Microsoft it’s expanding access again on Bing AI

Microsoft it’s expanding access again on Bing AI

By julianapardogonzalez

Microsoft, which had restricted the interactions of its Bing search engine chatbot after complaints surfaced on social networks about strange responses in long conversations, is now backtracking and giving users full access again. The company also commented that it is going to start testing another option that allows users to choose the tone of the chat, with 3 options of Precise (shorter, more focused responses), Creative (longer and chattier), or Balanced for a bit of both. 

Did Microsoft know about Bing Chat’s unhinged responses? 

Microsoft’s Bing Chat AI has gotten off to a rocky start, but the company may have known about the problems long before its public debut. A support post on Microsoft’s website refers to “rude” responses from the “Sidney” chatbot, which is a story we have been hearing about. Here is the rub: the post was made on November 23, 2022.  

The revelation comes from Ben Schmidt, vice president of information design at Nomic, who shared the post with Gary Marcus, an author who covers AI and founder of Geometric Intelligence. The story tells that Microsoft tested Bing Chat, called Sidney, according to the publication, in India and Indonesia sometime between November and January before it made the official announcement. 

In response, Microsoft shared the following statement: 

“Sydney is an old codename for a chat feature based on earlier models that we started testing more than a year ago. The insights we gathered as part of that have helped inform our work with the new preview version of Bing. We continue to refine our techniques and are working on more advanced models to incorporate learnings and feedback so that we can deliver the best possible user experience.”

The support post in question was last updated on February 21, 2023, but the history of the initial question and responses show that it has not been revised since its original posting date.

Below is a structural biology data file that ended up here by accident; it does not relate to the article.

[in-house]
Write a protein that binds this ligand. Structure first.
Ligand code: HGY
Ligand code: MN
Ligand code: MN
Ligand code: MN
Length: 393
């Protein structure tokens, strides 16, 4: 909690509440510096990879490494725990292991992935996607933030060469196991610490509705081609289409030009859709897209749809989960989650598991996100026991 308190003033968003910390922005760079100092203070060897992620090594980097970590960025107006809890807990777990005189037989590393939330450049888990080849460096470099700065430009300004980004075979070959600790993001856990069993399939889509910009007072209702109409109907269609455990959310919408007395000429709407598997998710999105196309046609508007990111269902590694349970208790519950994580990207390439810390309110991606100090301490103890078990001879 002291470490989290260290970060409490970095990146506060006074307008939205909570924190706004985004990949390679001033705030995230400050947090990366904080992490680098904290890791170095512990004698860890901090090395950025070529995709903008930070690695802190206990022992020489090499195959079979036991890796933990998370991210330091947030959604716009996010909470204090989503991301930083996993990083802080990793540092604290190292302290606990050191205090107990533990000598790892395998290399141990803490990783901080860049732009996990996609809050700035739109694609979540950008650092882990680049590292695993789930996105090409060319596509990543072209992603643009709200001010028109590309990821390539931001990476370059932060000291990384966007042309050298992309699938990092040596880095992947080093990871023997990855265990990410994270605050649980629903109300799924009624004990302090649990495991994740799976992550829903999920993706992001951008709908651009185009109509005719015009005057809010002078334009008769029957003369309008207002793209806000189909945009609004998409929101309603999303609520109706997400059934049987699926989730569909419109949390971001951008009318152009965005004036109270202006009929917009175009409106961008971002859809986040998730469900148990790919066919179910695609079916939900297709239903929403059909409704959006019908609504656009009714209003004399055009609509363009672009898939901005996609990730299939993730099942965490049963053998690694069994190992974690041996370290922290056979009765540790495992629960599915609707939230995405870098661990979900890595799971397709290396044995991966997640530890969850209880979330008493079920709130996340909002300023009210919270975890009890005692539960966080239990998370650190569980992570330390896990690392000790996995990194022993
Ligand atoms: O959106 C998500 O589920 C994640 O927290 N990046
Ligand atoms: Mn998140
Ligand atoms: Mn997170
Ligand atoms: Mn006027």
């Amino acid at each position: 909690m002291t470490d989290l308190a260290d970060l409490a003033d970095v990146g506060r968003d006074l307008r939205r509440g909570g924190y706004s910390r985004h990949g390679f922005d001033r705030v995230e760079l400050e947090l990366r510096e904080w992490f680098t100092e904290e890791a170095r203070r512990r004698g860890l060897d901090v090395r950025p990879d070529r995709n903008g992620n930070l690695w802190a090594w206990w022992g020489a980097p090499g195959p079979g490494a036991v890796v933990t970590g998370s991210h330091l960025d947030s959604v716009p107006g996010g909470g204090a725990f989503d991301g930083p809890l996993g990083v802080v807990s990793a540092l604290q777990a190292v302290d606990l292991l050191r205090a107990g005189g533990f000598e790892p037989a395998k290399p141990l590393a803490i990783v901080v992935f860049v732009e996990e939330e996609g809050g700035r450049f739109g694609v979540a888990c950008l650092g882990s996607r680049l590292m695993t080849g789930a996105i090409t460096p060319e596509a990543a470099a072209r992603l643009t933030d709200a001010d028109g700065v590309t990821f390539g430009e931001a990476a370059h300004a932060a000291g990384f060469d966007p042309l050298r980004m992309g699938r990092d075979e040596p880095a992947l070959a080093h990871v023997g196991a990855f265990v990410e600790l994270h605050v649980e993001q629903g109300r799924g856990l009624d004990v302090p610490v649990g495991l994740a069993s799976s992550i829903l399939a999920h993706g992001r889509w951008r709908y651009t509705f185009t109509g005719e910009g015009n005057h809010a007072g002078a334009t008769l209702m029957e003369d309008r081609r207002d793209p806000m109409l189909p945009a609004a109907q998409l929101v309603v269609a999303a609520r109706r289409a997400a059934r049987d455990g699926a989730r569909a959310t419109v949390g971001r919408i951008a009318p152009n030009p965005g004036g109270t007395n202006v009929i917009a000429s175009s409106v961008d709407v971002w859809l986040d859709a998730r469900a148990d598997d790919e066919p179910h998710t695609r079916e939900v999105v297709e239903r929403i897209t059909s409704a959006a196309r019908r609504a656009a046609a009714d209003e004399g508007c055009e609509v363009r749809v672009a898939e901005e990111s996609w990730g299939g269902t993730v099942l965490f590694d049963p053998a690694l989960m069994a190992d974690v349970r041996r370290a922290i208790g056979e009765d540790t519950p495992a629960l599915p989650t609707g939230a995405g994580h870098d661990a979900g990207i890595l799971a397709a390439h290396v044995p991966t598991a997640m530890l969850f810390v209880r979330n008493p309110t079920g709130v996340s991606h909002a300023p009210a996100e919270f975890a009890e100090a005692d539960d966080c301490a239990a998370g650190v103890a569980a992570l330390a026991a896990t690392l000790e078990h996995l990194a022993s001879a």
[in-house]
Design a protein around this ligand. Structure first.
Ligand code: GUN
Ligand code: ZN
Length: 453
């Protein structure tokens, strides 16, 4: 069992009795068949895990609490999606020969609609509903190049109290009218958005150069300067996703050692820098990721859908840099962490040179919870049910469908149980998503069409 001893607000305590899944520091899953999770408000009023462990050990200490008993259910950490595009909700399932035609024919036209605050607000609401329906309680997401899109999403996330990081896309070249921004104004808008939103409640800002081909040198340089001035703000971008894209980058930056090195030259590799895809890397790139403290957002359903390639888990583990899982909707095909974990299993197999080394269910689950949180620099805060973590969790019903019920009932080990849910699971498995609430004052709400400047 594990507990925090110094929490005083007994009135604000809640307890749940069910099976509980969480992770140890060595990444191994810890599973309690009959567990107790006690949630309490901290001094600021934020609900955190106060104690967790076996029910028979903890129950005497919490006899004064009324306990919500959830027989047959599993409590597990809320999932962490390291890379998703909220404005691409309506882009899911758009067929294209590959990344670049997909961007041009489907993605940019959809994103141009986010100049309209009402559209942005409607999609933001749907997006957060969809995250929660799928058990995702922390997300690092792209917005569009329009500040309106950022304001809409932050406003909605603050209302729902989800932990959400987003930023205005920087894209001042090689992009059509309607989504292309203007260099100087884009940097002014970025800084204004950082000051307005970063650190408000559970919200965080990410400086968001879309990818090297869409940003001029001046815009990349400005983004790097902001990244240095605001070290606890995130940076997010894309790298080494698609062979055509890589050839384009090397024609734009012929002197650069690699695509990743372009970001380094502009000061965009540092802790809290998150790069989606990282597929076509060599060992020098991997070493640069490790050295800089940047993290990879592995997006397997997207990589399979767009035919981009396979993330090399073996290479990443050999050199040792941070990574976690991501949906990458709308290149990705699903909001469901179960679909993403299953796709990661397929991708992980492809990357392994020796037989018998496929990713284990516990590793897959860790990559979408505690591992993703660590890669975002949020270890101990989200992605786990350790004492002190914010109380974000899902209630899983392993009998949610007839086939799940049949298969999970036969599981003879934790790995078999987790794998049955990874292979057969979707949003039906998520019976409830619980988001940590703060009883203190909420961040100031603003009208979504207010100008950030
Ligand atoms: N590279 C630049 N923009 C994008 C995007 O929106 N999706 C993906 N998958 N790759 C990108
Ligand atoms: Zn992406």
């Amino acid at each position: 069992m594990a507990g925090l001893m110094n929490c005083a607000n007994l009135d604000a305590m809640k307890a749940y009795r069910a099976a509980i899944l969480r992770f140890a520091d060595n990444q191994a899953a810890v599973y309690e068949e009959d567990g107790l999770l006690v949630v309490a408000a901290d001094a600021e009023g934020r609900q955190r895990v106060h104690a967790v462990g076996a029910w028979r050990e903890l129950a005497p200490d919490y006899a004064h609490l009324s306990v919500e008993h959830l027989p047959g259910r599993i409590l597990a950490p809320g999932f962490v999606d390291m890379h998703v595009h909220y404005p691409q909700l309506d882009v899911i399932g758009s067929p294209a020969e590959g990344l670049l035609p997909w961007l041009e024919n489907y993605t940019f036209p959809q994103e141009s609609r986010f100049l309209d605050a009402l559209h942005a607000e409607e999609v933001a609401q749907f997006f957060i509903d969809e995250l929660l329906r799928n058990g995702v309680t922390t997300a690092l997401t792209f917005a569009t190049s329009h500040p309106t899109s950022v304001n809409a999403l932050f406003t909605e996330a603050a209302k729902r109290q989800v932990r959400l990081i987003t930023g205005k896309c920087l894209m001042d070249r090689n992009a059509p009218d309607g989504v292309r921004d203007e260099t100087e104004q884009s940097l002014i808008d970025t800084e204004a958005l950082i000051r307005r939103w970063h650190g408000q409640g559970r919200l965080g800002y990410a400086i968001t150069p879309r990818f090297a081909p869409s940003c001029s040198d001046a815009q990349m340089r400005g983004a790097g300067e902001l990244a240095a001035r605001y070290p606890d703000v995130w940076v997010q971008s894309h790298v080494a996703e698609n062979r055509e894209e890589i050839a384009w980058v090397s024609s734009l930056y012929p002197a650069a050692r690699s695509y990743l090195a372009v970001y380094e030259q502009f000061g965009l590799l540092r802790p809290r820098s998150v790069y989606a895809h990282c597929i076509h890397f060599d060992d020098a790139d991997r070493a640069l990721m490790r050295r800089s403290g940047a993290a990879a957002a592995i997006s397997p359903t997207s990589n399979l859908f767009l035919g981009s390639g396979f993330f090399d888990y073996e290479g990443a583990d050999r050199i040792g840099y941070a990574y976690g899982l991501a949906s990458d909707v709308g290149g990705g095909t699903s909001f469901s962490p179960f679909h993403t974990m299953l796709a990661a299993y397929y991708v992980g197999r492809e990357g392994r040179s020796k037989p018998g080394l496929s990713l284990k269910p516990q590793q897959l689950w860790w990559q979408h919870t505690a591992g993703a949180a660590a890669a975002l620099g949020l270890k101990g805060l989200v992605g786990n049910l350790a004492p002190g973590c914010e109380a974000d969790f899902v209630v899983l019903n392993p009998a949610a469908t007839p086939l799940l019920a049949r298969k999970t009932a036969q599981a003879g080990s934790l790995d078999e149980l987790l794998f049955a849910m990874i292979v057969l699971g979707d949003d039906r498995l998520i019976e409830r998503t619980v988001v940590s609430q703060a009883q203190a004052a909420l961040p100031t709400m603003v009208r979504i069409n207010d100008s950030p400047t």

There will now be usage limits 

After repeated reports of strange behavior, Microsoft on Feb. 17 established new rules limiting the number of interactions testers can have and their duration. This is to help “focus” chat sessions that, if too long, can confuse the chat model. The limits used to reduce testers to five turns per session and a maximum of 50 per day. But 60 total interactions per day will now be allowed, with plans to increase that total to 100 soon. 

Microsoft confirmed that it “did not anticipate” people using Bing’s AI bot for social entertainment, but since even the most experienced tech journalists do not pass this version of the mirror test, it has introduced new limits. 

User complaints 

Some Reddit users complained about last week’s limit, saying Microsoft “lobotomized” it, “neutered” the AI and that it was “a shell of its former self.” To which the Bing team responds: 

The reason we are testing the new Bing in the open with a limited group of testers is precisely to find these atypical use cases that we can learn from and improve the product, as they are not something we would normally encounter in internal testing. 

The tech giant said it hopes to enable longer and more intricate conversations over time but wants to do so in a “responsible way.” Which is incongruous, as there are several ethical issues surrounding AI and its use in a search engine like Bing, as well as the possibility that Microsoft rushed Bing Chat before it was ready and knowing what it was capable of. 

%d bloggers like this: